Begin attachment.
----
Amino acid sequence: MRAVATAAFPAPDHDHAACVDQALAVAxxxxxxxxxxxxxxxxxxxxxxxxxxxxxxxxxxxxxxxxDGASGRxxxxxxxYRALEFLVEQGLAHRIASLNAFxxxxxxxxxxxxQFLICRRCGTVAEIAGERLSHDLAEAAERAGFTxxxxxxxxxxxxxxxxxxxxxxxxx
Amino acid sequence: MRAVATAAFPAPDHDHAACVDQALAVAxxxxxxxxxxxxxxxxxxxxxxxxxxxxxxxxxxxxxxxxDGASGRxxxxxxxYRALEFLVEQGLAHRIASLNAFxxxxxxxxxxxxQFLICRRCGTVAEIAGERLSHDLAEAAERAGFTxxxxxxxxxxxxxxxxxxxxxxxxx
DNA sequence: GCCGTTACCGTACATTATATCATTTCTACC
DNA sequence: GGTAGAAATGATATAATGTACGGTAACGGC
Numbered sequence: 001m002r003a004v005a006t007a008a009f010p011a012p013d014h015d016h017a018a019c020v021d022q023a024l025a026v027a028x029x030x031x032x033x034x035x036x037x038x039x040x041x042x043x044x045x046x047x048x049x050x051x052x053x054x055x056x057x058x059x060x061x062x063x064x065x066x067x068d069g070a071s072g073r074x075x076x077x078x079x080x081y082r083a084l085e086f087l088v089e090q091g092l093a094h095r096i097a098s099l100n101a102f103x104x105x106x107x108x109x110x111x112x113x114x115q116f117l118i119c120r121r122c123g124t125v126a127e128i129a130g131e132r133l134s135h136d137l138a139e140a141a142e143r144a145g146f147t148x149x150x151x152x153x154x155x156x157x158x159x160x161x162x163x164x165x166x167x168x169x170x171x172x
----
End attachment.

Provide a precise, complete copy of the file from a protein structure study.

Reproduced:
Amino acid sequence: MRAVATAAFPAPDHDHAACVDQALAVAxxxxxxxxxxxxxxxxxxxxxxxxxxxxxxxxxxxxxxxxDGASGRxxxxxxxYRALEFLVEQGLAHRIASLNAFxxxxxxxxxxxxQFLICRRCGTVAEIAGERLSHDLAEAAERAGFTxxxxxxxxxxxxxxxxxxxxxxxxx
Amino acid sequence: MRAVATAAFPAPDHDHAACVDQALAVAxxxxxxxxxxxxxxxxxxxxxxxxxxxxxxxxxxxxxxxxDGASGRxxxxxxxYRALEFLVEQGLAHRIASLNAFxxxxxxxxxxxxQFLICRRCGTVAEIAGERLSHDLAEAAERAGFTxxxxxxxxxxxxxxxxxxxxxxxxx
DNA sequence: GCCGTTACCGTACATTATATCATTTCTACC
DNA sequence: GGTAGAAATGATATAATGTACGGTAACGGC
Numbered sequence: 001m002r003a004v005a006t007a008a009f010p011a012p013d014h015d016h017a018a019c020v021d022q023a024l025a026v027a028x029x030x031x032x033x034x035x036x037x038x039x040x041x042x043x044x045x046x047x048x049x050x051x052x053x054x055x056x057x058x059x060x061x062x063x064x065x066x067x068d069g070a071s072g073r074x075x076x077x078x079x080x081y082r083a084l085e086f087l088v089e090q091g092l093a094h095r096i097a098s099l100n101a102f103x104x105x106x107x108x109x110x111x112x113x114x115q116f117l118i119c120r121r122c123g124t125v126a127e128i129a130g131e132r133l134s135h136d137l138a139e140a141a142e143r144a145g146f147t148x149x150x151x152x153x154x155x156x157x158x159x160x161x162x163x164x165x166x167x168x169x170x171x172x